Looking at Art


How many of you remember having paper dolls or having a sister who spent hours with them? For me, some of my happiest memories were making clothes of my own design for those perfectly shaped paper dolls. The freedom to combine patterns and colors that danced in my head allowed me to escape into my own little world.

By the time I was a young teen I had learned to sew. Nothing was more fun than going to the fabric store and picking material for my next project. All of this led me to think I wanted to major in fashion design in college. That dream, however, was short-lived as drawing did me in. Funny, though, that as a weaver much of my work has been apparel. When it was necessary to communicate shape to a client, it was done with a most rudimentary sketch as my drawing skills have never improved!

Anyway, I digress. What I want to share with you are the wonderful creations of Joan Son, a nationally acclaimed origami artist. She, too, loved making her own designs for paper dolls which led her to a continuing exploration of paper as an art form.

I stumbled onto an exhibit of her work quite by accident, but what a wonderful find that made my heart sing.

Her designs were playful and fun, and it was easy to imagine seeing them on a runway done in luscious fabrics.

I have always been drawn to kimonos, and it was thrilling to see how Son interpreted the shape.

As with one done in cloth, the inside was a beautiful as the outside. How many hours must have been spent cutting and backing all the pieces that were knotted together. Thinking of my own experience, I know that time is a consuming part of the creative process and cannot be rushed.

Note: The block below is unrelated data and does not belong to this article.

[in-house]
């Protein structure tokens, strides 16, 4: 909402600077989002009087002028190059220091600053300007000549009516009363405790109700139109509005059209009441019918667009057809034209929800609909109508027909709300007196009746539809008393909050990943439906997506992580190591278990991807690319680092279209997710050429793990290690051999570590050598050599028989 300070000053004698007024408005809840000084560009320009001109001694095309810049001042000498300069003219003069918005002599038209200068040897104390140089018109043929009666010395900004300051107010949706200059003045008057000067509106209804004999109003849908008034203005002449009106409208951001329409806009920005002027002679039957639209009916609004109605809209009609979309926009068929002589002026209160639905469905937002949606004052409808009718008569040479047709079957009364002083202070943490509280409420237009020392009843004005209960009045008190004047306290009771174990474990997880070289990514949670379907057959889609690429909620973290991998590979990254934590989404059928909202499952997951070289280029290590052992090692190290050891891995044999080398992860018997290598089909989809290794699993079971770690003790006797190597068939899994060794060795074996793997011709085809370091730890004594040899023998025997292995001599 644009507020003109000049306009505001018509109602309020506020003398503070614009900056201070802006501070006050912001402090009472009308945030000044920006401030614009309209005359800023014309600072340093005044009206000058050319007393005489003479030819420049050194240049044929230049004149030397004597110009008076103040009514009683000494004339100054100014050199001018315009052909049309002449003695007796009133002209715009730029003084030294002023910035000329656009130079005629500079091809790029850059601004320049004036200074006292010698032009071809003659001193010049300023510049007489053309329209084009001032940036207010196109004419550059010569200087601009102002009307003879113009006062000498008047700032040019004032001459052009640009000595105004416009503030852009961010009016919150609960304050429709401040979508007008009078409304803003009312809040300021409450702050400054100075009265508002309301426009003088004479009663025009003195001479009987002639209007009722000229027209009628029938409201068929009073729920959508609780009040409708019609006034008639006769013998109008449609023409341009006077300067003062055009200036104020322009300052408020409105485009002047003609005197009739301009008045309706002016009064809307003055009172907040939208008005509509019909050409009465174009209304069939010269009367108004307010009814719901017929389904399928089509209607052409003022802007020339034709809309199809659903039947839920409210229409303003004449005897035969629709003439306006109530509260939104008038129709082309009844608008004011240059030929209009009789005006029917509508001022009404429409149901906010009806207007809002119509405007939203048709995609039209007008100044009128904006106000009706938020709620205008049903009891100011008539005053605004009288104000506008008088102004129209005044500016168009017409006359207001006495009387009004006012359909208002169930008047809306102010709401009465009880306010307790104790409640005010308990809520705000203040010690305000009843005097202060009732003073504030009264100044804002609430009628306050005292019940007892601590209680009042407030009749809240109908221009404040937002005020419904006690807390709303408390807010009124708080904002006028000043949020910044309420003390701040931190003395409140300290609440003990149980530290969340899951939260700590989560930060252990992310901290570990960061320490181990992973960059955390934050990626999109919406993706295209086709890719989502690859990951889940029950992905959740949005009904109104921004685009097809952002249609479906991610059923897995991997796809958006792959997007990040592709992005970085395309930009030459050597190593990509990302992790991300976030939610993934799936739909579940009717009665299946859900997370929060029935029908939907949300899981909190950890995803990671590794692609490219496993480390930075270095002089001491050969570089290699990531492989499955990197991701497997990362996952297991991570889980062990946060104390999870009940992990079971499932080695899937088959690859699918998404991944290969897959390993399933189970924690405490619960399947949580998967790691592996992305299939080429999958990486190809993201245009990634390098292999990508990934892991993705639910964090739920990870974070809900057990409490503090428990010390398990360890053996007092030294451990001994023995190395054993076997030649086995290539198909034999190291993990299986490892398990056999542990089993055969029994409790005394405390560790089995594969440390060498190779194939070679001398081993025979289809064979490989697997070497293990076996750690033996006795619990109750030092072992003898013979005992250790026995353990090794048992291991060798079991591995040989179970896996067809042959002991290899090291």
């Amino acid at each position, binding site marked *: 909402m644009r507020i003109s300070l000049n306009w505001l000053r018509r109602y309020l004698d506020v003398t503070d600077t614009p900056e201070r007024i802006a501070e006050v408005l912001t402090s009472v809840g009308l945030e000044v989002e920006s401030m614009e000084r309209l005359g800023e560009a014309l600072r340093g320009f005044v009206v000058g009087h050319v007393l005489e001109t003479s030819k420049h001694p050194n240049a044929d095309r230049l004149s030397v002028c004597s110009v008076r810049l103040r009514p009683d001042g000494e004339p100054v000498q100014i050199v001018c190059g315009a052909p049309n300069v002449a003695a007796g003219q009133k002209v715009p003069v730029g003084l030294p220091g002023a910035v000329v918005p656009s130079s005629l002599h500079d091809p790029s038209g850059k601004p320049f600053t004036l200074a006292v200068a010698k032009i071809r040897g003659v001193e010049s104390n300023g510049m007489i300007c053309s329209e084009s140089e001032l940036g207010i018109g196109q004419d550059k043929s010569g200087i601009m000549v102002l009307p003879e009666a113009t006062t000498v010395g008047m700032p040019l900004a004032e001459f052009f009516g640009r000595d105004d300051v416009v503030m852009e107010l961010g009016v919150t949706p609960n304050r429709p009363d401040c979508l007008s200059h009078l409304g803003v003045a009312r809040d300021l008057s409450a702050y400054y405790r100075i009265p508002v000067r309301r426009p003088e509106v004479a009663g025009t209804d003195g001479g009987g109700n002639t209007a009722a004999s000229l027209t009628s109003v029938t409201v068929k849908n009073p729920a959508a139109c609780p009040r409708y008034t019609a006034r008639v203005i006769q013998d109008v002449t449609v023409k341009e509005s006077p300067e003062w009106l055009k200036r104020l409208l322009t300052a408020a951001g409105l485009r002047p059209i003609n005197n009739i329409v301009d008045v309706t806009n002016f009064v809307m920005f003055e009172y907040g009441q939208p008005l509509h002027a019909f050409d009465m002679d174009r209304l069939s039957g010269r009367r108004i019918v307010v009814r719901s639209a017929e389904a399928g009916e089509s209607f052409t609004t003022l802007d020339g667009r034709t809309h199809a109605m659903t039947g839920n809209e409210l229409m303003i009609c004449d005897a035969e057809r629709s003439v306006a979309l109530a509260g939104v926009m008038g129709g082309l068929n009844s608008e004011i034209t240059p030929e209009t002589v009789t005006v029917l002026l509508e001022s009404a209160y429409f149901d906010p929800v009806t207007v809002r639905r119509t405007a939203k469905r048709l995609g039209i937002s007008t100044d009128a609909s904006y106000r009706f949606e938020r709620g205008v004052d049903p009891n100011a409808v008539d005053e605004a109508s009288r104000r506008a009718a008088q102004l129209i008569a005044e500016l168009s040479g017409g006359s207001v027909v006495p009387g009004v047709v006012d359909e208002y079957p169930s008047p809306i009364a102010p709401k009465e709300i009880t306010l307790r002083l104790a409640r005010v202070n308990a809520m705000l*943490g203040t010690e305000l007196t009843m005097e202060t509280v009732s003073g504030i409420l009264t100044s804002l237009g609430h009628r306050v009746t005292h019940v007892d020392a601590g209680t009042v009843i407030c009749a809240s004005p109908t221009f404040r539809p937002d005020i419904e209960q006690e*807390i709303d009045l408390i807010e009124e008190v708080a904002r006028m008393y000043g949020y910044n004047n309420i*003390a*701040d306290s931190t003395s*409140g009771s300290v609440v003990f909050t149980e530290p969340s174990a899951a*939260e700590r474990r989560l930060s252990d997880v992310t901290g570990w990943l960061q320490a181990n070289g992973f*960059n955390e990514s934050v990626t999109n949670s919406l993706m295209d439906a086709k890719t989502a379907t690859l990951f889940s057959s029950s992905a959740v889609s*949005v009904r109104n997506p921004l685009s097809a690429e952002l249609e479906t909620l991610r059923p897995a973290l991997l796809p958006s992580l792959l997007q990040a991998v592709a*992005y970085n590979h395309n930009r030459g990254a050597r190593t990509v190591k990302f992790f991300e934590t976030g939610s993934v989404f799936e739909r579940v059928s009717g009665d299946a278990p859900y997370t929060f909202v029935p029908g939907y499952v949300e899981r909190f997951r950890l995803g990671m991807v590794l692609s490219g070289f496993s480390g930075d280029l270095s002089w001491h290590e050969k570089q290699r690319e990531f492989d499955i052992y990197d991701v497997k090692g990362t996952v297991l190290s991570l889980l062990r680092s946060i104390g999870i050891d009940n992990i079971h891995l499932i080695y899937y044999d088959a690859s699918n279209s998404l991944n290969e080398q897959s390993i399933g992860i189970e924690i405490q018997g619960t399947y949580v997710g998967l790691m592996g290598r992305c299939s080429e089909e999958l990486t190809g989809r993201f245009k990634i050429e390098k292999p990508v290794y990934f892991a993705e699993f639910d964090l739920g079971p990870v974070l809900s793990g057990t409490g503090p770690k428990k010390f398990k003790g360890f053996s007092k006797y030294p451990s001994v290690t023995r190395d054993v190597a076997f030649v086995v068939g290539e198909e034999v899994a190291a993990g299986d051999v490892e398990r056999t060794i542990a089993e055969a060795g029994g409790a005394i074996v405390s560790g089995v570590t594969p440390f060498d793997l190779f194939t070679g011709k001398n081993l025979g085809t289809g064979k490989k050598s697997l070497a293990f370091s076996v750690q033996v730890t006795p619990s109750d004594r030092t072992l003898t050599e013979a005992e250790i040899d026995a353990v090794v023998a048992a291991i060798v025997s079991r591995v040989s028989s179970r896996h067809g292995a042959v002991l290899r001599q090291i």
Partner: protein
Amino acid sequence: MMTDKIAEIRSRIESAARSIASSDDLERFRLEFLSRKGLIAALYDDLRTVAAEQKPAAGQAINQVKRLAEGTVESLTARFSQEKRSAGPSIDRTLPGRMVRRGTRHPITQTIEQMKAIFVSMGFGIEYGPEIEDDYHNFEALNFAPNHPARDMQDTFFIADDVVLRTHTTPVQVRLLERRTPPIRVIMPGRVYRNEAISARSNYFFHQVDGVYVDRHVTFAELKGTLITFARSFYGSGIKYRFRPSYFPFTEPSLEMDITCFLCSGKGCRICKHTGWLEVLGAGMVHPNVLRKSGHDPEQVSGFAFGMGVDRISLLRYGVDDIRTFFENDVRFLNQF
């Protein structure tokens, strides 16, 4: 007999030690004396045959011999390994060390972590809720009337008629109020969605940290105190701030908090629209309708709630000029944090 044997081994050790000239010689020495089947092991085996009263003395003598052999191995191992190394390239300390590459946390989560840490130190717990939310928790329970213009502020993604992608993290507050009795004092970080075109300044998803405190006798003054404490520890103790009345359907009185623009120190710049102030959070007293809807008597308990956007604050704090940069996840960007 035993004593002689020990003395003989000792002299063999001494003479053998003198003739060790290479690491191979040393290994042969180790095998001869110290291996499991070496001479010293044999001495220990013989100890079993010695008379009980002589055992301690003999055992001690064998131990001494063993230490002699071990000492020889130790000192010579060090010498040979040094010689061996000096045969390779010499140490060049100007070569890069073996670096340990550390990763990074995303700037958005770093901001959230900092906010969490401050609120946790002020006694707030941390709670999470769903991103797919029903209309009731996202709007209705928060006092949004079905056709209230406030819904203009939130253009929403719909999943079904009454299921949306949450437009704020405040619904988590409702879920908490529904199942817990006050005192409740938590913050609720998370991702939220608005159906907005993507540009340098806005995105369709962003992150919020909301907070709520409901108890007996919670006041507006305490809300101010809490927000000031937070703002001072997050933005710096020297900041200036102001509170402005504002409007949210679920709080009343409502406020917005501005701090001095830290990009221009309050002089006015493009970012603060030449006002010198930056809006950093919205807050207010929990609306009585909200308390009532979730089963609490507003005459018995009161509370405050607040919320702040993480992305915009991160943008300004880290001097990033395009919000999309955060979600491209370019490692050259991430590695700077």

What this exhibit confirms is how limitless the possibilities are for creating. The only thing that limits creativity is oneself. Today I will spend time in my studio hoping those creative juices flow. How about you?

10 thoughts on “Looking at Art

  1. What a beautiful exhibit! I spent many childhood hours playing paper dolls, and I loved the creativity of dressing them. I made some of their clothes, but I never learned to sew.

  2. What a most stunning exhibit!

    Do you remember the Mary Englebreit’s magazine called Home Companion? She always had a paper doll inside with clothes and accessories! I loved seeing those as it brought back such fond memories. And now our post does as well!

    Thank you for sharing!

  3. I loved loved paper dolls as a child, but never thought to make clothes for them! This exhibit is wonderful, what a happy find! Weaving is definitely a form of drawing, with thread instead of pencil or ink!
    Jenna

    1. Yes and weaving saved me from being totally frustrated.

  4. Love this post! I loved playing with my paper dolls for hours on end, many years ago, as a young girl.Later, my daughter had her own paper dolls, and made clothes for her “Barbies”. She went on to F.I.T. and became a successful fashion designer, whose fashion line was sold at Neiman’s,  Saks, Nordstrom’s, Tootsies and many boutiques.I believe PAPER DOLLS have been a big inspiration to many!Sent via the Samsung Galaxy S8+, an AT&T 5G Evolution capable smartphone

  5. It is hard to believe that you can’t draw considering all the beautiful creation you have designed and made. What a wonderful and fun exhibit you found…I’m glad that you shared it with us.

    1. Thankfully weaving gave me a creative outlet.

  6. I adored playing paper dolls. and have my childhood paper dolls of the Lennon Sisters and Debbie Reynolds so I am definitely dating myself.
    Cutting the paper doll out of McCalls magazine each month was a fun activity I remember fondly.

    1. I totally forgot about the magazine ones!

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